If CB purchases have an effect on asset prices, then that’s almost certainly not true (the EMH won’t be satisfied for the CB).

    “Do or do not, there is no try.”

    Therefore Ben Bernanke can lift space ships with his mind?

    “How much stuff do we have to buy?”

    Given the definition of monetary policy that you’ve accepted for the purposes of this post (treasuries only), that isn’t going to work. If treasuries are negative beta (as Glasner has pointed out), buying
    treasuries will make things worse. Investors *need* those treasuries as portfolio insurance. That is the meaning of “shortage of safe assets.”

    Here’s the problem: the models that say that the ZLB is a real problem actually satisfy ratex/emh in a multiperiod sticky price monopolistic competitive economy. If you want to claim the Lucas Critique moral high ground you can’t do by arguing from a static model with assumptions about
    aggregate behavior (AS/AD). You need to demonstrate that the claimed behavior is actually consistent with the choices of intertemporally optimizing agents. You can do infinitely lived or OLG or whatever. But ratex is tough, and to the extent that it’s been properly done in macro, it doesn’t say what you (or Friedman) would have wanted it to say. It says the ZLB is real and fiscal stimulus is sometimes necessary to keep output at the intertemporal optimum. As Matt Rognlie said, the onus is on you to demonstrate the flaws in those models and show how fixing them leads to your preferred conclusions. Or cede the Lucas moral high ground.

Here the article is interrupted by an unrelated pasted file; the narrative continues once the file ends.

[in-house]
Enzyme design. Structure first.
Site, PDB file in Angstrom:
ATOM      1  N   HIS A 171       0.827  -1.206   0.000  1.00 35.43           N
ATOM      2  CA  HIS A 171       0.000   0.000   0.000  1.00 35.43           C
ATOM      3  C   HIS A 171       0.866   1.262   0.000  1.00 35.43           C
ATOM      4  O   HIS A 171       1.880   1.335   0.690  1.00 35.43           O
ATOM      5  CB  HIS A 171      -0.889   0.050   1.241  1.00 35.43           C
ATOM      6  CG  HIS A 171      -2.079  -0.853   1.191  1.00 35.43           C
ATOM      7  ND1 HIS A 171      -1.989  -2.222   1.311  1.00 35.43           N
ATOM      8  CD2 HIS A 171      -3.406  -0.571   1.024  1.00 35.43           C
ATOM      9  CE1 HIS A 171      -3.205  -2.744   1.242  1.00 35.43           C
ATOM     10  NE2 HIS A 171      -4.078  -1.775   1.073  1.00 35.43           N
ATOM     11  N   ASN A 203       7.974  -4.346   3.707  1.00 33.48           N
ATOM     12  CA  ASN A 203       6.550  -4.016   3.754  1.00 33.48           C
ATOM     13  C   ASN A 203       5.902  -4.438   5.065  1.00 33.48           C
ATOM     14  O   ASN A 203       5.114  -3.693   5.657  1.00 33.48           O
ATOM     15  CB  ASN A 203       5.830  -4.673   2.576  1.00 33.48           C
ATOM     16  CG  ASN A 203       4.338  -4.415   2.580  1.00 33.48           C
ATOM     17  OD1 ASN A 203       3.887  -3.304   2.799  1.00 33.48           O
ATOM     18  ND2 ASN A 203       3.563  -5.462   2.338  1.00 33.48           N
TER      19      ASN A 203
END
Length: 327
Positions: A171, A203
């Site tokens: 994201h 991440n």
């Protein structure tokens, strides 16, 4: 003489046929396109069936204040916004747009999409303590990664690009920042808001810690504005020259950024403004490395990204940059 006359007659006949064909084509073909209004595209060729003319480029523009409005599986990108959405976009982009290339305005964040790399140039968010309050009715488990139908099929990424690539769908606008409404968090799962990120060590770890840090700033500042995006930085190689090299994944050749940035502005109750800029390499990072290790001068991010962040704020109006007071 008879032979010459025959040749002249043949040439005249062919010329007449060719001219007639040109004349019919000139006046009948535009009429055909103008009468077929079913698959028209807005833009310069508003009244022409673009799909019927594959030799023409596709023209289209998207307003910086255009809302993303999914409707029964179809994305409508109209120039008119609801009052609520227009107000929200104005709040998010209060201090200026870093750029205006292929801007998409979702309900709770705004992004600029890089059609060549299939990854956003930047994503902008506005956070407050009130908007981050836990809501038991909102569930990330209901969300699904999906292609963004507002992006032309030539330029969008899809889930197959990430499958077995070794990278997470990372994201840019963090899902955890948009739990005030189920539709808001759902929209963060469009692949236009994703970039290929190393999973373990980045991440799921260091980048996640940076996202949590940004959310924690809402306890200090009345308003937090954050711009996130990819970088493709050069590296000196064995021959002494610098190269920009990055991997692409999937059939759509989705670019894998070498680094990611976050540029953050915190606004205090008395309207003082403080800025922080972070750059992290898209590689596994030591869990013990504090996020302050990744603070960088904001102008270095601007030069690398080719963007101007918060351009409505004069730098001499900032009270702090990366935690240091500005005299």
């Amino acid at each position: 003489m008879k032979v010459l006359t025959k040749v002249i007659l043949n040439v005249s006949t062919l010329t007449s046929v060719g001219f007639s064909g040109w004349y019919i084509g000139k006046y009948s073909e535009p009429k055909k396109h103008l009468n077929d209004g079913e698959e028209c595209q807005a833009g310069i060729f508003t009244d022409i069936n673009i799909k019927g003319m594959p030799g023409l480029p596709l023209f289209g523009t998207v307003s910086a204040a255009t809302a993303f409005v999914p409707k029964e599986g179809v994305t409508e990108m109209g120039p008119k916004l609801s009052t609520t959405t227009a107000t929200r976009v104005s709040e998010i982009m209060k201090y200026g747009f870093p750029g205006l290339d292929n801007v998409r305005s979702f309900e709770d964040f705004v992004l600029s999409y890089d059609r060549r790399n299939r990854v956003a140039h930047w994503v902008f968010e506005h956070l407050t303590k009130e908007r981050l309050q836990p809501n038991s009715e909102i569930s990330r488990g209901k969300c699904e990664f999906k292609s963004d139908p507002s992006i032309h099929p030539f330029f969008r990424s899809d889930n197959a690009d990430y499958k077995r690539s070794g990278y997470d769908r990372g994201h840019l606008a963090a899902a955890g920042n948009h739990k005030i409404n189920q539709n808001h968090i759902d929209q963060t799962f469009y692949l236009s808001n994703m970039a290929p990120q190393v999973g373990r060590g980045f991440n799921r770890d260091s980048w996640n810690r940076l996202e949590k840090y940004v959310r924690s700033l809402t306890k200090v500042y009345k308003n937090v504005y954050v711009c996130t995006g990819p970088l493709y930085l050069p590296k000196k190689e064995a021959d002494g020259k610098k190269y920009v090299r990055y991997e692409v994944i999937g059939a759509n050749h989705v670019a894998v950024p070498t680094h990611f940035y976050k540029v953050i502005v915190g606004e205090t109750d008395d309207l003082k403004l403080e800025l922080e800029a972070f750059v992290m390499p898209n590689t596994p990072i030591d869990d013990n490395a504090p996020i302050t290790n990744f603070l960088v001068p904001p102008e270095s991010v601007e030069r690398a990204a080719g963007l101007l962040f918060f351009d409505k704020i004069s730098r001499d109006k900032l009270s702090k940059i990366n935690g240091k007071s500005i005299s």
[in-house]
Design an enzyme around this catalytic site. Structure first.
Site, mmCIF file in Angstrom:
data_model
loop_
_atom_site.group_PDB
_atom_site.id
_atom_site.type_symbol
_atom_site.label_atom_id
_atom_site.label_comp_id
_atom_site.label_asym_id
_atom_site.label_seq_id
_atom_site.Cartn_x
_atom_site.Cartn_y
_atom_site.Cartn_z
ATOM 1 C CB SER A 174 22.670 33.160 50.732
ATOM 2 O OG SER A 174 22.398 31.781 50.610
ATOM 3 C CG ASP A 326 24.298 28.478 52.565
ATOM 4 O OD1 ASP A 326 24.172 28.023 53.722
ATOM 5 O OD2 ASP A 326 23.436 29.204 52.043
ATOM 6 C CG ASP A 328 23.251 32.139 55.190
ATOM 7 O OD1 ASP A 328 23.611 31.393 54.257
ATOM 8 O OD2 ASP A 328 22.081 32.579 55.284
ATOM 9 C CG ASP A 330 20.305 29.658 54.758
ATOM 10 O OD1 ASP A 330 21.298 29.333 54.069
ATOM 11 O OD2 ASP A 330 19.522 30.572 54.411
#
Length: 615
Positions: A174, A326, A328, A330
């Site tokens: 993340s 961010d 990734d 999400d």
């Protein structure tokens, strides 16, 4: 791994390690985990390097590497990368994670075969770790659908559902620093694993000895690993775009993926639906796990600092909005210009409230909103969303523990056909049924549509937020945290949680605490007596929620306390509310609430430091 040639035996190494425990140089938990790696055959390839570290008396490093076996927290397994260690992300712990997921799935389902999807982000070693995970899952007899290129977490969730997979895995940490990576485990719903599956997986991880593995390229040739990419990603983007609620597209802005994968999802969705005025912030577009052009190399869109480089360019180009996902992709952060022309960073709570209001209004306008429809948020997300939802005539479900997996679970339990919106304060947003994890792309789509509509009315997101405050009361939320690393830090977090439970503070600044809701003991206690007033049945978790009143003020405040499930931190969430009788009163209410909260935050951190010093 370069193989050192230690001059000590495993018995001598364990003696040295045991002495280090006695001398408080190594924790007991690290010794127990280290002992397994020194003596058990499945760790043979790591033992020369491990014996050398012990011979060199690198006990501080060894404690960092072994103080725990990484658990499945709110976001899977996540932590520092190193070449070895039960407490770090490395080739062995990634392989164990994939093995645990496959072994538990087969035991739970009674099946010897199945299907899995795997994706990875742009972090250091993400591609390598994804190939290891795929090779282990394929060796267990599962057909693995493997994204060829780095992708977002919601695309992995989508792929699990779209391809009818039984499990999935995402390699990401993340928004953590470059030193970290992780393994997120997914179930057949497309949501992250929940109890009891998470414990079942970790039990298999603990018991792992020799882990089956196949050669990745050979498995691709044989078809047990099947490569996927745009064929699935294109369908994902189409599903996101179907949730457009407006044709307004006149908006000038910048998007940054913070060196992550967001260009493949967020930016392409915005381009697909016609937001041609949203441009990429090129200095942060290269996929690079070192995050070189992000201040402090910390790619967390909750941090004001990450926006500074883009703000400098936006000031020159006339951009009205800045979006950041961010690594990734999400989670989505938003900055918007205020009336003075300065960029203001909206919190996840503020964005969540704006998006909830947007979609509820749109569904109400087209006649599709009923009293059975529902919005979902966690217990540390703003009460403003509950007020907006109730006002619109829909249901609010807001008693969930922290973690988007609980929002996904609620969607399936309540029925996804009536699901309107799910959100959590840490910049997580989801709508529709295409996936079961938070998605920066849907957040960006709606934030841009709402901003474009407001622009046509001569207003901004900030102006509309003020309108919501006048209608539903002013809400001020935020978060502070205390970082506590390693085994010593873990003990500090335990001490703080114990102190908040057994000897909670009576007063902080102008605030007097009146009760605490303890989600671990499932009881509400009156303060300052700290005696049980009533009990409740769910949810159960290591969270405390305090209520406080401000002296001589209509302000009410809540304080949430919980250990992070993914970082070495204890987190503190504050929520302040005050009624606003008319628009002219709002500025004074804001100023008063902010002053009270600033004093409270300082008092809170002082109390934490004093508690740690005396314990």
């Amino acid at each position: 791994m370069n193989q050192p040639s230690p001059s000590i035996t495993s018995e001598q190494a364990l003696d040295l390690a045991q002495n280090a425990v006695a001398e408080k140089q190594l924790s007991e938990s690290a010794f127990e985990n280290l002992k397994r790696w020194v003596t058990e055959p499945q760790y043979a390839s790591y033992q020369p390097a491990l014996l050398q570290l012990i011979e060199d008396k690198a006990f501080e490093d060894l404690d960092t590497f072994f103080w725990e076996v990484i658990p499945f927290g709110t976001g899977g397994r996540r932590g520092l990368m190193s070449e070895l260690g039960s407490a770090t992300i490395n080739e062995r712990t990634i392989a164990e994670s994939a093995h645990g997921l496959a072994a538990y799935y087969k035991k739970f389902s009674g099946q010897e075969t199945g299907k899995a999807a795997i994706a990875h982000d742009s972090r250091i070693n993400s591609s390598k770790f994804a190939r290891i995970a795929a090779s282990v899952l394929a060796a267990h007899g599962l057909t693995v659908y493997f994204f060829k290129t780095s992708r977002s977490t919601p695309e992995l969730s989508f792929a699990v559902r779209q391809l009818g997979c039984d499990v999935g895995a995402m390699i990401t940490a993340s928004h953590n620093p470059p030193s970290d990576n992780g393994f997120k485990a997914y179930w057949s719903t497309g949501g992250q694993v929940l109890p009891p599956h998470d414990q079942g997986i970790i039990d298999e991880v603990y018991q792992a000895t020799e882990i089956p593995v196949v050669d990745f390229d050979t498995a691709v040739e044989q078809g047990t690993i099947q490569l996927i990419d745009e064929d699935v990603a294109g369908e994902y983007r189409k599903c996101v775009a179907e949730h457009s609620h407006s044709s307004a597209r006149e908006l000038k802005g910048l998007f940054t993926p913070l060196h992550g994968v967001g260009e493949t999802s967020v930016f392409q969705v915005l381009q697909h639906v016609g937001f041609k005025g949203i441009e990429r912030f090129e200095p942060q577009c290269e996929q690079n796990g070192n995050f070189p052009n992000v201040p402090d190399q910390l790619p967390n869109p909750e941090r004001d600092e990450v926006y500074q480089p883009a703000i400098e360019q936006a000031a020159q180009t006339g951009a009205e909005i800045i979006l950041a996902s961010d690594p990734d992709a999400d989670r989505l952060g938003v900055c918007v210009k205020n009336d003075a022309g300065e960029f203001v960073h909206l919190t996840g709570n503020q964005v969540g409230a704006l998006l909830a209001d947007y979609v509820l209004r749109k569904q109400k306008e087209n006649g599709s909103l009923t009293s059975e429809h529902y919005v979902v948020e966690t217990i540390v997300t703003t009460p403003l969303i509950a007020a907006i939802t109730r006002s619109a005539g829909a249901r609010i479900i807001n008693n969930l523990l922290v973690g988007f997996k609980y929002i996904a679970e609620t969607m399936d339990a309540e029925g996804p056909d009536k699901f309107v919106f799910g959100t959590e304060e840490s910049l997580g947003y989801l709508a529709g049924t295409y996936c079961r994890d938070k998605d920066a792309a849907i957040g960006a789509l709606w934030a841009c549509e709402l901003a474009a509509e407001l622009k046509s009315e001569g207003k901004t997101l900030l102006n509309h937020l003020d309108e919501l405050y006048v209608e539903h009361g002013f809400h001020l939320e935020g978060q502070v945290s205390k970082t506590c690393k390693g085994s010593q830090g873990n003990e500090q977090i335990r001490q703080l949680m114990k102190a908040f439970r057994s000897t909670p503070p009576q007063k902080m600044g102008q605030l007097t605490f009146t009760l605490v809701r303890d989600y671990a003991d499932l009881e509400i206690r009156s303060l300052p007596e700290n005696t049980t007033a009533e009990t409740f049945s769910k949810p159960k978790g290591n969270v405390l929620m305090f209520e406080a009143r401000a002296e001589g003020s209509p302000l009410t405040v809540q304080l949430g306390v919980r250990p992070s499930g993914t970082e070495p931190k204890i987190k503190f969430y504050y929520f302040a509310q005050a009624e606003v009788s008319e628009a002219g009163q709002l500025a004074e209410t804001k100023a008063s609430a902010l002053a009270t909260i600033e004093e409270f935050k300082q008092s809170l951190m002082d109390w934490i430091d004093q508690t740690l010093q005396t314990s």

“Or at the very least, convince the Fed and ECB and BOJ to shoot for a more rapid trend rate of NGDP growth (as in Australia), so that nominal rates stay above zero.”

    Excellent idea. Or revoke paper money (or keep it in fixed supply) so we can take rates negative. The pain of doing that would be vastly smaller than the pain of Japan style permanent stagnation. And *everyone* would agree that sufficiently negative spot rate policy would do the trick.